FedoraRHEL Based

How To Install PostgreSQL on Fedora 39

Install PostgreSQL on Fedora 39

In this tutorial, we will show you how to install PostgreSQL on Fedora 39. PostgreSQL, often referred to as Postgres, is an open-source relational database management system (RDBMS). It’s known for its extensibility, adherence to SQL standards, and its support for various data types.

This article assumes you have at least basic knowledge of Linux, know how to use the shell, and most importantly, you host your site on your own VPS. The installation is quite simple and assumes you are running in the root account, if not you may need to add ‘sudo‘ to the commands to get root privileges. I will show you the step-by-step installation of the PostgreSQL open-source relational database on a Fedora 39.


Before diving into the installation process, let’s ensure that you have everything you need:

  • A server running one of the following operating systems: Fedora 39.
  • It’s recommended that you use a fresh OS install to prevent any potential issues.
  • SSH access to the server (or just open Terminal if you’re on a desktop).
  • You’ll need an active internet connection to download PostgreSQL and its dependencies.
  • A non-root sudo user or access to the root user. We recommend acting as a non-root sudo user, however, as you can harm your system if you’re not careful when acting as the root.

Install PostgreSQL on Fedora 39

Step 1. Before diving into installation, ensure your Fedora 39 system is up-to-date. Execute the following commands:

sudo dnf clean all
sudo dnf update

Step 2. Installing PostgreSQL on Fedora 39.

Adding the PostgreSQL repository is crucial for Fedora 39 users. Follow these steps:

sudo dnf install https://download.postgresql.org/pub/repos/yum/reporpms/F-39-x86_64/pgdg-fedora-repo-latest.noarch.rpm

This command installs the repository configuration package, essential for pulling PostgreSQL packages into your system.

Now that the repository is set up, it’s time to install PostgreSQL. Use dnf to install the PostgreSQL server and client packages:

sudo dnf install postgresql16-server

Following installation, initialize the PostgreSQL database:

sudo /usr/pgsql-16/bin/postgresql-16-setup initdb

Next, start and enable the PostgreSQL service:

sudo systemctl enable postgresql-16
sudo systemctl start postgresql-16

Step 3. Installation Setup.

Securing your PostgreSQL installation involves creating a superuser account and password. Access the PostgreSQL prompt:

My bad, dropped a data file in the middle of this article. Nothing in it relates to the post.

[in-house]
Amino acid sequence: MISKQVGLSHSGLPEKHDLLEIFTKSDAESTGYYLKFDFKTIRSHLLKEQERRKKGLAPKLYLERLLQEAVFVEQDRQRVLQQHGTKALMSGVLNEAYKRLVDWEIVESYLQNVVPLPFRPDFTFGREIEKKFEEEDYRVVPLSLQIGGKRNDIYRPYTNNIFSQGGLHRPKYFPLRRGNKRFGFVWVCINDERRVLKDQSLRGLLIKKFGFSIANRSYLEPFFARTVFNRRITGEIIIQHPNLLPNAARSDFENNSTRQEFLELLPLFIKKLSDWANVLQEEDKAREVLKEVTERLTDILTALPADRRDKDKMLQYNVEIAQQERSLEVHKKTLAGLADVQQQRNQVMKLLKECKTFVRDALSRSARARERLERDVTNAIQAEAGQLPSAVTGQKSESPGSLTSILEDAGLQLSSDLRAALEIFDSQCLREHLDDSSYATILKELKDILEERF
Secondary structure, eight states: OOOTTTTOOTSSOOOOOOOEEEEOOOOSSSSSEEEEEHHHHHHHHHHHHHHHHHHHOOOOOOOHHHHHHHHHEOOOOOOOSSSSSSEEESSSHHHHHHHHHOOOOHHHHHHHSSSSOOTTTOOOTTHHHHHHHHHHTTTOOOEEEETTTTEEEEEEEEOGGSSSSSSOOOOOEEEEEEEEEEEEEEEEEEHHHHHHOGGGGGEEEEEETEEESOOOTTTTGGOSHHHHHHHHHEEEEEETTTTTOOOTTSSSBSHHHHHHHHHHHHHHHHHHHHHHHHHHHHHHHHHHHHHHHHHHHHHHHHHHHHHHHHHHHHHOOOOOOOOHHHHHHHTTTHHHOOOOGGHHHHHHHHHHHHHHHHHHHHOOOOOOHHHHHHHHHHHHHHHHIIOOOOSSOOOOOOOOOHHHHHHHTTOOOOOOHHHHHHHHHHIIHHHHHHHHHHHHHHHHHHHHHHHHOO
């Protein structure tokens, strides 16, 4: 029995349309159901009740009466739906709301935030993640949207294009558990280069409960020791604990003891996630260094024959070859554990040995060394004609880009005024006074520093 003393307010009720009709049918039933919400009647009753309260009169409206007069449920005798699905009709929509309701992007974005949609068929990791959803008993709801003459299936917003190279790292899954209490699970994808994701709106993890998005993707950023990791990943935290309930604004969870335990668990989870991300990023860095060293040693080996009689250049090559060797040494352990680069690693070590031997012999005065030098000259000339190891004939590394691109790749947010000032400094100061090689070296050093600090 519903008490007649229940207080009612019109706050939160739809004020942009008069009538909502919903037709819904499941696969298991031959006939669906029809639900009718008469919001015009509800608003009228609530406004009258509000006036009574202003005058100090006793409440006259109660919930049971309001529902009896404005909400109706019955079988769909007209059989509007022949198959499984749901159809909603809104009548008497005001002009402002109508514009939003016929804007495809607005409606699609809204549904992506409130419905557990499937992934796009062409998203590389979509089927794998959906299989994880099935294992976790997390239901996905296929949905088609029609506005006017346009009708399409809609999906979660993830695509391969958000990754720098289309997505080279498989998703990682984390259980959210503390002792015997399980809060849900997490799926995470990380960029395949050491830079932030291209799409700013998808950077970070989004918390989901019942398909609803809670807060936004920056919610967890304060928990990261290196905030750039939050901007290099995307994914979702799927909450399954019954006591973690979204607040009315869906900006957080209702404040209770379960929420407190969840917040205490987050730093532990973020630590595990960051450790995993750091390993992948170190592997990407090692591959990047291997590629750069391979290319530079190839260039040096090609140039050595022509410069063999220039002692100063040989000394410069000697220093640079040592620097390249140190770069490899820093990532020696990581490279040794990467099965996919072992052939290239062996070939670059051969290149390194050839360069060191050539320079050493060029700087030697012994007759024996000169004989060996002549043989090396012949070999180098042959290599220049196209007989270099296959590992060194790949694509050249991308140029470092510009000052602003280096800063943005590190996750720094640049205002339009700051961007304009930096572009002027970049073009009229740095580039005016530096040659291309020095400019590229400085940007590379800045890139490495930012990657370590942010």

sudo -i -u postgres

Inside the PostgreSQL prompt, create a new superuser:

CREATE ROLE your_user WITH SUPERUSER LOGIN PASSWORD 'your_strong_password';

Replace ‘your_user‘ and ‘your_password‘ with your desired username and password.

To ensure a successful installation, attempt to connect to the PostgreSQL server:

psql -U your_user -d postgres

Step 4. Configure Firewall.

Setting up the firewall for PostgreSQL on Fedora involves allowing traffic on the PostgreSQL port, typically 5432, while blocking unauthorized access. Here are the steps to configure the firewall:

sudo firewall-cmd --zone=public --add-port=5432/tcp --permanent

This command opens port 5432 for TCP traffic on the public zone. The --permanent flag makes the rule persistent across reboots.

Reload the firewall to apply the changes:

sudo firewall-cmd --reload

Check if the rule is added successfully:

sudo firewall-cmd --zone=public --list-ports

Congratulations! You have successfully installed PostgreSQL. Thanks for using this tutorial for installing the PostgreSQL database on your Fedora 39 system. For additional Apache or useful information, we recommend you check the official PostgreSQL website.

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r00t is a seasoned Linux system administrator with a wealth of experience in the field. Known for his contributions to idroot.us, r00t has authored numerous tutorials and guides, helping users navigate the complexities of Linux systems. His expertise spans across various Linux distributions, including Ubuntu, CentOS, and Debian. r00t's work is characterized by his ability to simplify complex concepts, making Linux more accessible to users of all skill levels. His dedication to the Linux community and his commitment to sharing knowledge makes him a respected figure in the field.
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